China’s big challenge to the US Navy

For the last 70 years, the centerpiece of US naval strategy –and, indeed, essential for the projection of American power around the globe– has been the aircraft carrier. Born of necessity after the disaster at Pearl Harbor decimated our battleships, the carrier battle group has been an effective tool of hard power for American presidents of both parties when the time came to show a foe we were serious. They provide the United States with a flexible and rapidly deployed instrument, and any plans to challenge us must find a way to neutralize them.

Something the Chinese may be on the verge of doing:

The Chinese have made significant progress on a missile system designed to sink a moving aircraft carrier from nearly 2,000 miles away, according to the top U.S. commander in the Pacific.

China’s anti-ship missile system has reached the rough equivalent of what the U.S. military terms as “initial operational capability,” Adm. Robert Willard, commander of U.S. Pacific Command, said in an interview with Japan’s Asahi newspaper Tuesday.

At the heart of the system is the Dong Feng 21D, a mobile, land-based missile that is projected to strike a carrier from between 1,200 and 1,800 miles, depending on its payload and other factors.

Willard said that the “component parts of the anti-ship ballistic missile have been developed and tested,” according to Asahi.

The missile has not yet been flight-tested over water, Willard acknowledged.

A report at Fox News relays opinions from experts that the Chinese are a decade away from developing the guidance systems need to give the Dong Feng 21D the needed accuracy, but we all know how perceptive outside observers were about developments in the Indian nuclear program. (Hint: we were caught completely by surprise.) We shouldn’t rest easy.

What makes a weapon like this all the more threatening is that, being land-based and mobile, they can be very hard to find and put out of action. Our experience hunting missile launchers firing at Israel in Gulf War I bears witness to that.

The possibility of deployed Dong Feng 21Ds will have to factor into any actions we take during periods of tension or crisis in East Asia. Both Korea and Taiwan are potential flash-points for conflict, as are Chinese claims to international waters. Whenever there has been friction with China involving any of these, we have deployed carriers to the area to demonstrate our resolve. The new Chinese missile threatens to make that a much riskier proposition.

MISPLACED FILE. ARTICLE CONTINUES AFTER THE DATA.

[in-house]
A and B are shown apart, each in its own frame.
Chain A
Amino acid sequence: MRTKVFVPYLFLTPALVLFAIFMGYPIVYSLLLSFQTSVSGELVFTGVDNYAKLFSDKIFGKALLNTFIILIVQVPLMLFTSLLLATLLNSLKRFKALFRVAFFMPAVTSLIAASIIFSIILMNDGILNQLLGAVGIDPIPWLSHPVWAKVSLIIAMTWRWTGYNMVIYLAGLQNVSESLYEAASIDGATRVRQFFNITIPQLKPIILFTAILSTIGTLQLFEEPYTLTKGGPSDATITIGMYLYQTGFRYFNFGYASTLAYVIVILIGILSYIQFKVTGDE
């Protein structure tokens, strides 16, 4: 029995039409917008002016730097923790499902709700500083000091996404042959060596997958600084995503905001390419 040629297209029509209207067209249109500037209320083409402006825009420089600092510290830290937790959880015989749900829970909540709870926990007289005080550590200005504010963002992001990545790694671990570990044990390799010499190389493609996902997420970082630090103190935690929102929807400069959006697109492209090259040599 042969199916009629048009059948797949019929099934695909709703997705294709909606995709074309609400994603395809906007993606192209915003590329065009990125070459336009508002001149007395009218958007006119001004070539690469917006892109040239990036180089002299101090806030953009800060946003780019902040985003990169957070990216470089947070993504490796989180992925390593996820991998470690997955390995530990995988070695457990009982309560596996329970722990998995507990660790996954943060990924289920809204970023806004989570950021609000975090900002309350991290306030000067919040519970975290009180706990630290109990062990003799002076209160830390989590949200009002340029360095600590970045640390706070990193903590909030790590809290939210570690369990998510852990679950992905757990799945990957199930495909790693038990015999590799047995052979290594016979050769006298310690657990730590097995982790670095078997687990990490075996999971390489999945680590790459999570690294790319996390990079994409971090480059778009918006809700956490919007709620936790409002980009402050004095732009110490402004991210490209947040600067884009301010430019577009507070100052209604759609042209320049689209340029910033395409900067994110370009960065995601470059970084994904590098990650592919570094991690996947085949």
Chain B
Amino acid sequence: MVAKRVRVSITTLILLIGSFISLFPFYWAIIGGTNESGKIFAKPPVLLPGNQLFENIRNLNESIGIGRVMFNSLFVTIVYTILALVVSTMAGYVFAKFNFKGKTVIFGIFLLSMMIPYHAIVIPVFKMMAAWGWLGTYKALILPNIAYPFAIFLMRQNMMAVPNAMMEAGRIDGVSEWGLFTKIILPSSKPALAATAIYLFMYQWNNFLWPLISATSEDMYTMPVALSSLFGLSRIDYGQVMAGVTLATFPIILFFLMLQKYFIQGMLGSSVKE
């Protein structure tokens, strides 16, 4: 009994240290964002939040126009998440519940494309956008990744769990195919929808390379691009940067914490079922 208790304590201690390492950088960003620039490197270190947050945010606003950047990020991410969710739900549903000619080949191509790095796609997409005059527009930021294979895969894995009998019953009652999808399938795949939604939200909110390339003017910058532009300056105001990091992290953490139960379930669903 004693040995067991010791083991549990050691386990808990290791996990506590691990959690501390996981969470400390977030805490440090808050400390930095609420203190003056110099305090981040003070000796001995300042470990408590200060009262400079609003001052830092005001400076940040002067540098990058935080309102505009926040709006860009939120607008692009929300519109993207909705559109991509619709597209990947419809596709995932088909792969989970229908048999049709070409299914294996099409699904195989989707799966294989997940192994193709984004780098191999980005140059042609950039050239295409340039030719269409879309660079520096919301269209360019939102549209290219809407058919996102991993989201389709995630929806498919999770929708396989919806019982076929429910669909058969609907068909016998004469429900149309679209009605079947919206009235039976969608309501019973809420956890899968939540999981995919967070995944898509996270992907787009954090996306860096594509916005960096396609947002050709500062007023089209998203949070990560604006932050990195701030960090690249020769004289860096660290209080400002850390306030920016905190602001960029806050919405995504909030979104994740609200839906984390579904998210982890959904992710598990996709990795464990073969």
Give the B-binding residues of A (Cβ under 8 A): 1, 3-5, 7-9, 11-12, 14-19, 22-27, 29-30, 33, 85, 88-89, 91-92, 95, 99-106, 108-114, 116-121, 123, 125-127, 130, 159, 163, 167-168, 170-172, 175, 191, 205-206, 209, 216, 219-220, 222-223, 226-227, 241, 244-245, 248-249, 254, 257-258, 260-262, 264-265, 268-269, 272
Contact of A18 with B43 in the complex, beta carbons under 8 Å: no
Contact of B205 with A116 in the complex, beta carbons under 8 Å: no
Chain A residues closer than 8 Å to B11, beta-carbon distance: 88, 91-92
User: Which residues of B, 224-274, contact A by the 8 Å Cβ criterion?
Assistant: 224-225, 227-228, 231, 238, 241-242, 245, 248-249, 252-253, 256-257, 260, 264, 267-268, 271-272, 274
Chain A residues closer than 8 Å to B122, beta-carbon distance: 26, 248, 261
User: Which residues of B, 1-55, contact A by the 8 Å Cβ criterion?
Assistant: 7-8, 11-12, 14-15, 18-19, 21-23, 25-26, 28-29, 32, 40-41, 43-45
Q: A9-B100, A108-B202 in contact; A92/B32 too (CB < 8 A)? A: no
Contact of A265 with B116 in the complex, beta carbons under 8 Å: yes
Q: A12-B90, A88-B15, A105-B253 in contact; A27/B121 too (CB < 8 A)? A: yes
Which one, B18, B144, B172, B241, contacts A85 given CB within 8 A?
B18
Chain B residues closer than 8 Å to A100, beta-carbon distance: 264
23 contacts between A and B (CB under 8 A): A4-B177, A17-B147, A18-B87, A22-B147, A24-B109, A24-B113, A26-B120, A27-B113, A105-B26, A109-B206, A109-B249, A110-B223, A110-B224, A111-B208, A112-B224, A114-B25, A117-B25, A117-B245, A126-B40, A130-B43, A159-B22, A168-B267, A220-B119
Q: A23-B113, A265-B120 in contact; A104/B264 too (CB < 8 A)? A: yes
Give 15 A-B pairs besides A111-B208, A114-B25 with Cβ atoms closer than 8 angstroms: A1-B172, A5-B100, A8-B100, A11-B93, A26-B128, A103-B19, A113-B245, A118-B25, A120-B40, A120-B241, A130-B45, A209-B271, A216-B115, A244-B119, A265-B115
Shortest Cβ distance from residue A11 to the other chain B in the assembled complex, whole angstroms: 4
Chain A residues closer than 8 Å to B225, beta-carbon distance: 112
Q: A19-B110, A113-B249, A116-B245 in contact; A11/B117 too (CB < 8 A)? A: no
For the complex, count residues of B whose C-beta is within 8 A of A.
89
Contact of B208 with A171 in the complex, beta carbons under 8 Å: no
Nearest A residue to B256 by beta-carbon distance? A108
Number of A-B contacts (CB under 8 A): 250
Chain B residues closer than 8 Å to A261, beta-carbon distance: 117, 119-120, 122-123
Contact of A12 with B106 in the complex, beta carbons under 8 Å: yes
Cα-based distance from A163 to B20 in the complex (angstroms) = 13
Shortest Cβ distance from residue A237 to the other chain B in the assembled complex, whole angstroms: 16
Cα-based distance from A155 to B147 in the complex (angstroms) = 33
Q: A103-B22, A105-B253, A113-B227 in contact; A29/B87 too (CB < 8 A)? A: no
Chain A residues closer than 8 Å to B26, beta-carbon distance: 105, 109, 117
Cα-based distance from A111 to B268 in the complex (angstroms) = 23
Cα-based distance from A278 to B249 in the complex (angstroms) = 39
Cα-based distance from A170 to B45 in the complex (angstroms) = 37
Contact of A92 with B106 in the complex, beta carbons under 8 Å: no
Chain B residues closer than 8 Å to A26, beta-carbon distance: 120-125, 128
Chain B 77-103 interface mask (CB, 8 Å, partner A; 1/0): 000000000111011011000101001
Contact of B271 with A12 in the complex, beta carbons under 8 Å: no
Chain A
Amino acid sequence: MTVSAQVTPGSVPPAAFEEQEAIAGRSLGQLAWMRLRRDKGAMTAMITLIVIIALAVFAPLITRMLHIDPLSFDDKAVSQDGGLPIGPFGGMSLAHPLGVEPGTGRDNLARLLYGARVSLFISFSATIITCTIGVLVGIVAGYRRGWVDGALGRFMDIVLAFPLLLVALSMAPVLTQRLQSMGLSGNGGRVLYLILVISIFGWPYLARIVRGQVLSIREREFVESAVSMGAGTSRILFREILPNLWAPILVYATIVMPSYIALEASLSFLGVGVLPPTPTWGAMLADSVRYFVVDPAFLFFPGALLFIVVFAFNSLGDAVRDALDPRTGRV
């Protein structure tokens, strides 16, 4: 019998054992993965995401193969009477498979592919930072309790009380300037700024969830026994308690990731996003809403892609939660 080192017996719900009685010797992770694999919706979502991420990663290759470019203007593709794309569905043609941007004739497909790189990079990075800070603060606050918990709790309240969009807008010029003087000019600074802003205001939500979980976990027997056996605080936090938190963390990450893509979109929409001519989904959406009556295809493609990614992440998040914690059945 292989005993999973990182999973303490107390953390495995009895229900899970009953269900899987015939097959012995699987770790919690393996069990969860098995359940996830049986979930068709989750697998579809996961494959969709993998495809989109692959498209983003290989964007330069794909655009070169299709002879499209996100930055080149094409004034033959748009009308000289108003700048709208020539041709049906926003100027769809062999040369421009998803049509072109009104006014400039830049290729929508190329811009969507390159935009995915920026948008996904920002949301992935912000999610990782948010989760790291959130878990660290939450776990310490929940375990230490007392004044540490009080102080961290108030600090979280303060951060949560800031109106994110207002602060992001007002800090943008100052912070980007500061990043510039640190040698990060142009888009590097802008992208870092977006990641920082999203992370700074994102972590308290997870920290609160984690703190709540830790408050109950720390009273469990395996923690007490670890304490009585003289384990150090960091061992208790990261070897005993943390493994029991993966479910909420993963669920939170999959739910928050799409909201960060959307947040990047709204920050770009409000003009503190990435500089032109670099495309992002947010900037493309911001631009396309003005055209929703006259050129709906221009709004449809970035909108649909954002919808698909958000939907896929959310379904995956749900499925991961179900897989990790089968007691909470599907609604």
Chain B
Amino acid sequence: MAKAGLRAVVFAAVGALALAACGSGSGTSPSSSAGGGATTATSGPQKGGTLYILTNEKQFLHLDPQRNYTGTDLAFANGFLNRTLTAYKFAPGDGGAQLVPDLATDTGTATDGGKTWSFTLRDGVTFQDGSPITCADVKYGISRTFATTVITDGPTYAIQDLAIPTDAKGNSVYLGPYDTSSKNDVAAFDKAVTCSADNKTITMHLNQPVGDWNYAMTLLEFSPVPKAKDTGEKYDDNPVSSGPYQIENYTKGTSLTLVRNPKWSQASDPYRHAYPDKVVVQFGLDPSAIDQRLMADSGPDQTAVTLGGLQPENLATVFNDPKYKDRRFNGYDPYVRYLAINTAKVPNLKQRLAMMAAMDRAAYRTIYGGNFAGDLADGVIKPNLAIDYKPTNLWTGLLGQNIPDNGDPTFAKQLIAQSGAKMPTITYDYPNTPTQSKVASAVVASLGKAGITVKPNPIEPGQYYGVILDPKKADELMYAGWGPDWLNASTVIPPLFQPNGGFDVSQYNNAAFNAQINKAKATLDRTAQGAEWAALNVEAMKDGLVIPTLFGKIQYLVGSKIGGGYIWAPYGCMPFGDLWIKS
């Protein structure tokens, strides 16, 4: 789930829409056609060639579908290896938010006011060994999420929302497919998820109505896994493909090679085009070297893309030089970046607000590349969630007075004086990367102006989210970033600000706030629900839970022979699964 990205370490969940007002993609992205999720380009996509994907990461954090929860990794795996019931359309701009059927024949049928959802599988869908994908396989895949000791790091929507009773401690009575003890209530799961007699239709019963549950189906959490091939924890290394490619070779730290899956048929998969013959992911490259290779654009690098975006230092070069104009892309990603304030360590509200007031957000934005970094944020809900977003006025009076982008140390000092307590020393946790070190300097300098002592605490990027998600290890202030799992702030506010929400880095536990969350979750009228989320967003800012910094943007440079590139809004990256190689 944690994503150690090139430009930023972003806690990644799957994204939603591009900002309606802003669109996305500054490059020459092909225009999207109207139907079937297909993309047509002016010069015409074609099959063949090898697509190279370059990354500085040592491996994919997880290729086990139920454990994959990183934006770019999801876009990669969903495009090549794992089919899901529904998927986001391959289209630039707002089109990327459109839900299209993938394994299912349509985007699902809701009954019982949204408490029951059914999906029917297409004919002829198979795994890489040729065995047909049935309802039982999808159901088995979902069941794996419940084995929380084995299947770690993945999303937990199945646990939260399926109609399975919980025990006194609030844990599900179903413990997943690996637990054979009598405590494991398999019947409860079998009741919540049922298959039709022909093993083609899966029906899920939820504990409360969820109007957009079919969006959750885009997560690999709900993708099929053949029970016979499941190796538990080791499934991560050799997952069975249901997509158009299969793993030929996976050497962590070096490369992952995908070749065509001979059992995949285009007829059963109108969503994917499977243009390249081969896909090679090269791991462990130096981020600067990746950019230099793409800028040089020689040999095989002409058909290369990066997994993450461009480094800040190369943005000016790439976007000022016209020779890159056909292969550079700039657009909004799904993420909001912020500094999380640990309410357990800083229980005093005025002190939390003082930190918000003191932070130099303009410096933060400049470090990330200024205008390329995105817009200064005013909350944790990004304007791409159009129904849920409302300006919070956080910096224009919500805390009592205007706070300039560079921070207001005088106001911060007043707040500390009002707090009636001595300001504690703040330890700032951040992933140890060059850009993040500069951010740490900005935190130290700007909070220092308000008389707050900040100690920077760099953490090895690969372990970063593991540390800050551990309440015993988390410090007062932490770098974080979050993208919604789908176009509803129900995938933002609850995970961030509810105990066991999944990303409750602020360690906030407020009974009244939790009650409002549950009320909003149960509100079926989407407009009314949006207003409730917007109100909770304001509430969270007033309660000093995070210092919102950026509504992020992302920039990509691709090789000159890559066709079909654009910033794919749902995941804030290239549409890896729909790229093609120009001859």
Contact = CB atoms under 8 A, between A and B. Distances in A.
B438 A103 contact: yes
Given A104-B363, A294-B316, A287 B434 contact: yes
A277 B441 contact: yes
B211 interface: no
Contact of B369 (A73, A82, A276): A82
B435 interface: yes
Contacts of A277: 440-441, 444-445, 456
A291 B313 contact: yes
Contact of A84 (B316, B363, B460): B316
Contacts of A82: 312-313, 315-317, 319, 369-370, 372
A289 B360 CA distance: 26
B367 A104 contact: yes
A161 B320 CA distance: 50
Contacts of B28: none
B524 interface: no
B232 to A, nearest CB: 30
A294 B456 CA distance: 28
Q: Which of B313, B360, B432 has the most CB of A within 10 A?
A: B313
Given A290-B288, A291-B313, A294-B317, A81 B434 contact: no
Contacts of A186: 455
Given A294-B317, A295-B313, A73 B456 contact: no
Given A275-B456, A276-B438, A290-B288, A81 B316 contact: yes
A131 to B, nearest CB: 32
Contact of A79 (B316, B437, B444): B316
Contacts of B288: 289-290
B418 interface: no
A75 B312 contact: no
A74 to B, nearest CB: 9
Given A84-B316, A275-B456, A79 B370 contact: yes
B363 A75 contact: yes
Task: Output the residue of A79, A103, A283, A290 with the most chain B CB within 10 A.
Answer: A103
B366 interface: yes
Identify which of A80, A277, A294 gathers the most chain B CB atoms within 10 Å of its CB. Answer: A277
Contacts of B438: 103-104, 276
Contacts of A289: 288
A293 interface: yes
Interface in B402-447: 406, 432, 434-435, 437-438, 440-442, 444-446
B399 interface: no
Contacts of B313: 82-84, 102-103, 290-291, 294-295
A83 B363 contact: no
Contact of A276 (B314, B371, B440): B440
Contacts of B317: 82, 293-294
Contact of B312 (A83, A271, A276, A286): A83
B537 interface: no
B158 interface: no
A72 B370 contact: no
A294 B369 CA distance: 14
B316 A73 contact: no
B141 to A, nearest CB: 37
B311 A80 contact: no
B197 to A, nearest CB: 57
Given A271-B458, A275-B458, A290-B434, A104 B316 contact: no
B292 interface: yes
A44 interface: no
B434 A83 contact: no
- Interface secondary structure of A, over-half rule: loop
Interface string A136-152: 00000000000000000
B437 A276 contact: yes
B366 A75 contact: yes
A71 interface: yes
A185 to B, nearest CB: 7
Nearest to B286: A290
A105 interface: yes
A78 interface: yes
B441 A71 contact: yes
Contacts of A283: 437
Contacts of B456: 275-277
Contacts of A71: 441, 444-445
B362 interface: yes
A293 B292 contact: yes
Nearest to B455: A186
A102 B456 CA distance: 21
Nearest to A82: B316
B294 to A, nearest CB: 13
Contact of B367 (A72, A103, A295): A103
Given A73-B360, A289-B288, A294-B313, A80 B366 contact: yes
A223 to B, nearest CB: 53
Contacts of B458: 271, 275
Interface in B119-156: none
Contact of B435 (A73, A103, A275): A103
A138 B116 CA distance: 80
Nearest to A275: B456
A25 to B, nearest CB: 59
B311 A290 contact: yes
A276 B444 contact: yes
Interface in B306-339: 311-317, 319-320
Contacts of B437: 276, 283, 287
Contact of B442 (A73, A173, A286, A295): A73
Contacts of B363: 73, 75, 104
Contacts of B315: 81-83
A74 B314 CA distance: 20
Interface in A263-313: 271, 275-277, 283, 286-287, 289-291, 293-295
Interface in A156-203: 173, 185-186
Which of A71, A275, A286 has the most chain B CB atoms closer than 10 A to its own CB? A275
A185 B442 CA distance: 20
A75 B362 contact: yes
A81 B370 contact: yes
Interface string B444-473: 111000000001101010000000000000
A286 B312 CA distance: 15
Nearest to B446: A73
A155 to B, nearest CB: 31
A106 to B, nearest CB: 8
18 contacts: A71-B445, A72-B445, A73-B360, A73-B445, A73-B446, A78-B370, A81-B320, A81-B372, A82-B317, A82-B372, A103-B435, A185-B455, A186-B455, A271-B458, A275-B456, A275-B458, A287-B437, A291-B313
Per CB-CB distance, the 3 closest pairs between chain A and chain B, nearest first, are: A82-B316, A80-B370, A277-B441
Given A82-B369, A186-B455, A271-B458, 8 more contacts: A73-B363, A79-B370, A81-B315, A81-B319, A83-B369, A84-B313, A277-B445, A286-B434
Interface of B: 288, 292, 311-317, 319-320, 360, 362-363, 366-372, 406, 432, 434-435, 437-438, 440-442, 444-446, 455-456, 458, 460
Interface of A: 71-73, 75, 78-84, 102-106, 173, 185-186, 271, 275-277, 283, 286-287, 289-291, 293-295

Of course, military technology is a game of call-and-raise. Whenever someone has developed a new offensive weapon, the other guy has found a way to counteract it — and vice-versa. Sword met shield, armor met gun, and radar met stealth. One can bet that the US Navy is looking for ways to parry the Dong Feng 21D before it’s even deployed.

We’d better hope they find them.

RELATED: A very interesting article at The Diplomat on China’s risky bet against history, with a comparison to Germany prior to World War I.

(Crossposted at Sister Toldjah)

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2 Responses to China’s big challenge to the US Navy

  1. Steve in TN says:

    That ain’t the half of it:

    What does that mean? In 2009, the United States spent about $665 billion on its military, the Chinese about $99 billion. If Beijing continues to buy American debt at the rate it has in recent years, then within a half-decade or so U.S. interest payments on that debt will be covering the entire cost of the Chinese military. This year, the Pentagon issued an alarming report to Congress on Beijing’s massive military build-up, including new missiles, upgraded bombers, and an aircraft-carrier R&D program intended to challenge American dominance in the Pacific. What the report didn’t mention is who’s paying for it. Answer: Mr. and Mrs. America.

    Within the next five years, the People’s Liberation Army, which is the largest employer on the planet, bigger even than the U.S. Department of Community-Organizer Grant Applications, will be entirely funded by U.S. taxpayers. When they take Taiwan, suburban families in Connecticut and small businesses in Idaho will have paid for it.

    Thank you, free spending politicians.

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